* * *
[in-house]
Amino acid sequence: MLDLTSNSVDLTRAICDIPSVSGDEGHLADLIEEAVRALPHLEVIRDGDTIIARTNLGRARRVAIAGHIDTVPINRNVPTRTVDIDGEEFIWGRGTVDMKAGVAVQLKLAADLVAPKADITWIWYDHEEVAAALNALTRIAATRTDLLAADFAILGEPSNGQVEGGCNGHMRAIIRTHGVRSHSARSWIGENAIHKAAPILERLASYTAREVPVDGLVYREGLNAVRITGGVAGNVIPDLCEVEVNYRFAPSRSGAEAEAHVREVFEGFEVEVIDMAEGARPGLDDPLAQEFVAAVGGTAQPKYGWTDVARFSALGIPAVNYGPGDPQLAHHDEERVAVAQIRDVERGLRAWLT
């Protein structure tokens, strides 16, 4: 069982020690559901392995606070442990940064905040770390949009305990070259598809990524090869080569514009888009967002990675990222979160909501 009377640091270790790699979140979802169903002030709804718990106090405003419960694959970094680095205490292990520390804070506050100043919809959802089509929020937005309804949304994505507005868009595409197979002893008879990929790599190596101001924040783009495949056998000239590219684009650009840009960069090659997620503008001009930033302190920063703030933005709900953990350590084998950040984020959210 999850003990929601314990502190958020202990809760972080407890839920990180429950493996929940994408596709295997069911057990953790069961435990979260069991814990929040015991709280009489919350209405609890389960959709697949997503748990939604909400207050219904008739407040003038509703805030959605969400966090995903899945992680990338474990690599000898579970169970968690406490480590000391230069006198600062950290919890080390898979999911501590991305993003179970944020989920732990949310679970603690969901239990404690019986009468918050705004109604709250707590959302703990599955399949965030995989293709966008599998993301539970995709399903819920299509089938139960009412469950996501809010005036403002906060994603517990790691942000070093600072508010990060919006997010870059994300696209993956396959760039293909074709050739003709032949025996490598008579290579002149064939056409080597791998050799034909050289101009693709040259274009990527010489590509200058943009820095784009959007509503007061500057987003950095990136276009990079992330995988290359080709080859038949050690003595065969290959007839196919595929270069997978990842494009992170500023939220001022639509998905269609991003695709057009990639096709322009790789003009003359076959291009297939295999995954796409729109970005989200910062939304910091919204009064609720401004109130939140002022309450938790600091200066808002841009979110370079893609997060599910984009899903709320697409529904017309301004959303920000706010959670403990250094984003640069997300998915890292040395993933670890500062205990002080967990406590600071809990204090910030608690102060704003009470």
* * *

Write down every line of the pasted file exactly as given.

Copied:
[in-house]
Amino acid sequence: MLDLTSNSVDLTRAICDIPSVSGDEGHLADLIEEAVRALPHLEVIRDGDTIIARTNLGRARRVAIAGHIDTVPINRNVPTRTVDIDGEEFIWGRGTVDMKAGVAVQLKLAADLVAPKADITWIWYDHEEVAAALNALTRIAATRTDLLAADFAILGEPSNGQVEGGCNGHMRAIIRTHGVRSHSARSWIGENAIHKAAPILERLASYTAREVPVDGLVYREGLNAVRITGGVAGNVIPDLCEVEVNYRFAPSRSGAEAEAHVREVFEGFEVEVIDMAEGARPGLDDPLAQEFVAAVGGTAQPKYGWTDVARFSALGIPAVNYGPGDPQLAHHDEERVAVAQIRDVERGLRAWLT
């Protein structure tokens, strides 16, 4: 069982020690559901392995606070442990940064905040770390949009305990070259598809990524090869080569514009888009967002990675990222979160909501 009377640091270790790699979140979802169903002030709804718990106090405003419960694959970094680095205490292990520390804070506050100043919809959802089509929020937005309804949304994505507005868009595409197979002893008879990929790599190596101001924040783009495949056998000239590219684009650009840009960069090659997620503008001009930033302190920063703030933005709900953990350590084998950040984020959210 999850003990929601314990502190958020202990809760972080407890839920990180429950493996929940994408596709295997069911057990953790069961435990979260069991814990929040015991709280009489919350209405609890389960959709697949997503748990939604909400207050219904008739407040003038509703805030959605969400966090995903899945992680990338474990690599000898579970169970968690406490480590000391230069006198600062950290919890080390898979999911501590991305993003179970944020989920732990949310679970603690969901239990404690019986009468918050705004109604709250707590959302703990599955399949965030995989293709966008599998993301539970995709399903819920299509089938139960009412469950996501809010005036403002906060994603517990790691942000070093600072508010990060919006997010870059994300696209993956396959760039293909074709050739003709032949025996490598008579290579002149064939056409080597791998050799034909050289101009693709040259274009990527010489590509200058943009820095784009959007509503007061500057987003950095990136276009990079992330995988290359080709080859038949050690003595065969290959007839196919595929270069997978990842494009992170500023939220001022639509998905269609991003695709057009990639096709322009790789003009003359076959291009297939295999995954796409729109970005989200910062939304910091919204009064609720401004109130939140002022309450938790600091200066808002841009979110370079893609997060599910984009899903709320697409529904017309301004959303920000706010959670403990250094984003640069997300998915890292040395993933670890500062205990002080967990406590600071809990204090910030608690102060704003009470």